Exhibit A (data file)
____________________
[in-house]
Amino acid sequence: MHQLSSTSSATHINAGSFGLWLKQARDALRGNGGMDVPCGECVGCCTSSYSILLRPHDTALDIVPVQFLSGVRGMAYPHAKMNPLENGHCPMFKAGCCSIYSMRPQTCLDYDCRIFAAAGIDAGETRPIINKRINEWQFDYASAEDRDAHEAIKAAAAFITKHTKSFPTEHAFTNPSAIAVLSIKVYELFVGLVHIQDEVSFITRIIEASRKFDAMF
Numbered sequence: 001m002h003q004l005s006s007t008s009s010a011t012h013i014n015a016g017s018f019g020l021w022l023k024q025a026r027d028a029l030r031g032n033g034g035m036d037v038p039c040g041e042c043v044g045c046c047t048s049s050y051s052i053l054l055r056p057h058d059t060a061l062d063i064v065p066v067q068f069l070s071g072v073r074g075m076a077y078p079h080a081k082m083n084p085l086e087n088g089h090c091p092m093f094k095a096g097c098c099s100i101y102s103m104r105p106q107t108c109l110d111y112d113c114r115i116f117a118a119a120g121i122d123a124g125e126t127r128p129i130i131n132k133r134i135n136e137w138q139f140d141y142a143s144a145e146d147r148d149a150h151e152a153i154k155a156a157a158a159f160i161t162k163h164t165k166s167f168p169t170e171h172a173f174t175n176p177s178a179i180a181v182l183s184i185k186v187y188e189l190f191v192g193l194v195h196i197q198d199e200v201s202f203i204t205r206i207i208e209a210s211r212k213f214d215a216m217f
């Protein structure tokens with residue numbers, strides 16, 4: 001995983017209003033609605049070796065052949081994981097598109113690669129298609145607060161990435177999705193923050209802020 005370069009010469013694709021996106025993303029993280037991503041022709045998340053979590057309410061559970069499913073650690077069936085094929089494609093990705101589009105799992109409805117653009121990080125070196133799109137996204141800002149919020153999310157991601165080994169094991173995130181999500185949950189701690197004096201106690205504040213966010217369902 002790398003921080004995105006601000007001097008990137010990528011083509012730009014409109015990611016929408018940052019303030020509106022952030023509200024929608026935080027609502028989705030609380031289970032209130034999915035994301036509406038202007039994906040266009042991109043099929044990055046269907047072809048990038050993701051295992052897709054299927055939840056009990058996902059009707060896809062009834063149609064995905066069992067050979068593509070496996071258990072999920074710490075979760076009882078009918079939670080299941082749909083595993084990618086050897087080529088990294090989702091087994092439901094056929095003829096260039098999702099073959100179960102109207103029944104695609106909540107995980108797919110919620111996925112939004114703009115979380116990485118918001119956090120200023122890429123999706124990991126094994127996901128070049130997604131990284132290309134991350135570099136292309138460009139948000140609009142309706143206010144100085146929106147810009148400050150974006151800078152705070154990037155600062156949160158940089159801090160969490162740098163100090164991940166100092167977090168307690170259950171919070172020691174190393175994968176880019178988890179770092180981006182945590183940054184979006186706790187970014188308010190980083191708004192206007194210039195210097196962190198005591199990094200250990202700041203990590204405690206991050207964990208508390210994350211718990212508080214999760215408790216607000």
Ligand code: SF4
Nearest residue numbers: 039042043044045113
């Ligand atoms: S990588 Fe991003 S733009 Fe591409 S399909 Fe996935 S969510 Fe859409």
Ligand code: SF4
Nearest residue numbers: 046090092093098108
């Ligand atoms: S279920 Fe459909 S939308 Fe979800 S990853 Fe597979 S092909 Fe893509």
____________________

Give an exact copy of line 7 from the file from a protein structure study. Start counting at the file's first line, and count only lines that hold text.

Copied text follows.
């Ligand atoms: S990588 Fe991003 S733009 Fe591409 S399909 Fe996935 S969510 Fe859409």